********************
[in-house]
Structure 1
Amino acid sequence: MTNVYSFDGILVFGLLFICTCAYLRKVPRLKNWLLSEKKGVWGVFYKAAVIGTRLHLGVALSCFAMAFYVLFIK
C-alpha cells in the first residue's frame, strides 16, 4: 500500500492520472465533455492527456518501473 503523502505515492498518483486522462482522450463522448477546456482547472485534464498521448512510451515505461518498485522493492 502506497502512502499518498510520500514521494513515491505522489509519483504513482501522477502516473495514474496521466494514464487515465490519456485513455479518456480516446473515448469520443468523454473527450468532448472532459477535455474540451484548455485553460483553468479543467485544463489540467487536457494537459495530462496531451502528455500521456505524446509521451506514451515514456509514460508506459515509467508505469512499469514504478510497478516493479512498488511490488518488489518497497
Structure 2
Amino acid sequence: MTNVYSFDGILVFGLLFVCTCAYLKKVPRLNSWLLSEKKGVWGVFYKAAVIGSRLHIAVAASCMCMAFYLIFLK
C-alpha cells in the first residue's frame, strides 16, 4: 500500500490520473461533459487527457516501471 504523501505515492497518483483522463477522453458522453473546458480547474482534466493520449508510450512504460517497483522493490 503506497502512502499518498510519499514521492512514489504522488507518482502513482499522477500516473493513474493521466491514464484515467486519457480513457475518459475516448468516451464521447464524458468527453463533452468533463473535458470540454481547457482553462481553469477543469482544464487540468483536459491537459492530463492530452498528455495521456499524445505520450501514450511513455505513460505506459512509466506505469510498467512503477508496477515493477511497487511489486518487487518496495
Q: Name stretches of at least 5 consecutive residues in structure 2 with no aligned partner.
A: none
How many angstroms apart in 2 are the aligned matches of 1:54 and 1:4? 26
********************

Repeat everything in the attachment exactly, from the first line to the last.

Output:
[in-house]
Structure 1
Amino acid sequence: MTNVYSFDGILVFGLLFICTCAYLRKVPRLKNWLLSEKKGVWGVFYKAAVIGTRLHLGVALSCFAMAFYVLFIK
C-alpha cells in the first residue's frame, strides 16, 4: 500500500492520472465533455492527456518501473 503523502505515492498518483486522462482522450463522448477546456482547472485534464498521448512510451515505461518498485522493492 502506497502512502499518498510520500514521494513515491505522489509519483504513482501522477502516473495514474496521466494514464487515465490519456485513455479518456480516446473515448469520443468523454473527450468532448472532459477535455474540451484548455485553460483553468479543467485544463489540467487536457494537459495530462496531451502528455500521456505524446509521451506514451515514456509514460508506459515509467508505469512499469514504478510497478516493479512498488511490488518488489518497497
Structure 2
Amino acid sequence: MTNVYSFDGILVFGLLFVCTCAYLKKVPRLNSWLLSEKKGVWGVFYKAAVIGSRLHIAVAASCMCMAFYLIFLK
C-alpha cells in the first residue's frame, strides 16, 4: 500500500490520473461533459487527457516501471 504523501505515492497518483483522463477522453458522453473546458480547474482534466493520449508510450512504460517497483522493490 503506497502512502499518498510519499514521492512514489504522488507518482502513482499522477500516473493513474493521466491514464484515467486519457480513457475518459475516448468516451464521447464524458468527453463533452468533463473535458470540454481547457482553462481553469477543469482544464487540468483536459491537459492530463492530452498528455495521456499524445505520450501514450511513455505513460505506459512509466506505469510498467512503477508496477515493477511497487511489486518487487518496495
Q: Name stretches of at least 5 consecutive residues in structure 2 with no aligned partner.
A: none
How many angstroms apart in 2 are the aligned matches of 1:54 and 1:4? 26